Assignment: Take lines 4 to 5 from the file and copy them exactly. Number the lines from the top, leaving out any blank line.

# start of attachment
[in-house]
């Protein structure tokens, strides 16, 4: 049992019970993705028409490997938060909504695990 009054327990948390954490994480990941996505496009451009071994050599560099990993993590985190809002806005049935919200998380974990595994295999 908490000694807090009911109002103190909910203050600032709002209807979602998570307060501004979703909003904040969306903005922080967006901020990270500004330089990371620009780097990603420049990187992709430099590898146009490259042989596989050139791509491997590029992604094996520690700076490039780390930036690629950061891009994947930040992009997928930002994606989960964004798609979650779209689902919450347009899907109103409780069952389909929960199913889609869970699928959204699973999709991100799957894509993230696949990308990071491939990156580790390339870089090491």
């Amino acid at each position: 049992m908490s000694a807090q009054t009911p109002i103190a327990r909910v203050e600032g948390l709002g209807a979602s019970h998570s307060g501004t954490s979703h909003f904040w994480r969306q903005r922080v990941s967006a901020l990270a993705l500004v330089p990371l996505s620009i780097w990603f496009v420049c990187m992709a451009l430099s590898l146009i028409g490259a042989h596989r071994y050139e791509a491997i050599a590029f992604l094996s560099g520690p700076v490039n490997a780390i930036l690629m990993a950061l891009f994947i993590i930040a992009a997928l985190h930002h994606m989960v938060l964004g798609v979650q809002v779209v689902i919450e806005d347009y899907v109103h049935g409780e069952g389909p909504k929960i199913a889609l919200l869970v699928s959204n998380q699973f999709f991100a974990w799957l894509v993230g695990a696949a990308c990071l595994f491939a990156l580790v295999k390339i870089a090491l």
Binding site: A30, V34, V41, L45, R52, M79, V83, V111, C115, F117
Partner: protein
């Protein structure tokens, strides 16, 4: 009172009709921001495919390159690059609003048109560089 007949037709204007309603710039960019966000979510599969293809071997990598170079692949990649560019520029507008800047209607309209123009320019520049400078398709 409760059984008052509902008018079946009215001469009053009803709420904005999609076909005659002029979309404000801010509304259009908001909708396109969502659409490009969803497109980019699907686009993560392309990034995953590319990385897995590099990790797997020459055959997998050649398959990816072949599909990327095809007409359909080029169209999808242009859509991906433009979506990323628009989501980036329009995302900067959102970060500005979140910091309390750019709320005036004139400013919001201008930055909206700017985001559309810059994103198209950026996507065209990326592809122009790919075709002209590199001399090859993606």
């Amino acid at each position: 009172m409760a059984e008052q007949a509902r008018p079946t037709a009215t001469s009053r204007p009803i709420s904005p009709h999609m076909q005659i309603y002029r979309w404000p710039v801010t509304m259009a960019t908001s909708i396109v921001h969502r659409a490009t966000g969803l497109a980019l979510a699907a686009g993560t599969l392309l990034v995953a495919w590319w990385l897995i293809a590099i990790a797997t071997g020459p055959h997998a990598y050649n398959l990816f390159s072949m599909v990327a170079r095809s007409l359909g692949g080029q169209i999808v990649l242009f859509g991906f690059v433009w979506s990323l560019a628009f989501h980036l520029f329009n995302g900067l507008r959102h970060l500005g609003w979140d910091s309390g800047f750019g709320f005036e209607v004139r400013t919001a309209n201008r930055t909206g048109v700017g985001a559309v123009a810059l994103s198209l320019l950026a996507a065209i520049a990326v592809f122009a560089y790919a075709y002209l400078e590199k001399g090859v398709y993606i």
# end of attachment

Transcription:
Binding site: A30, V34, V41, L45, R52, M79, V83, V111, C115, F117
Partner: protein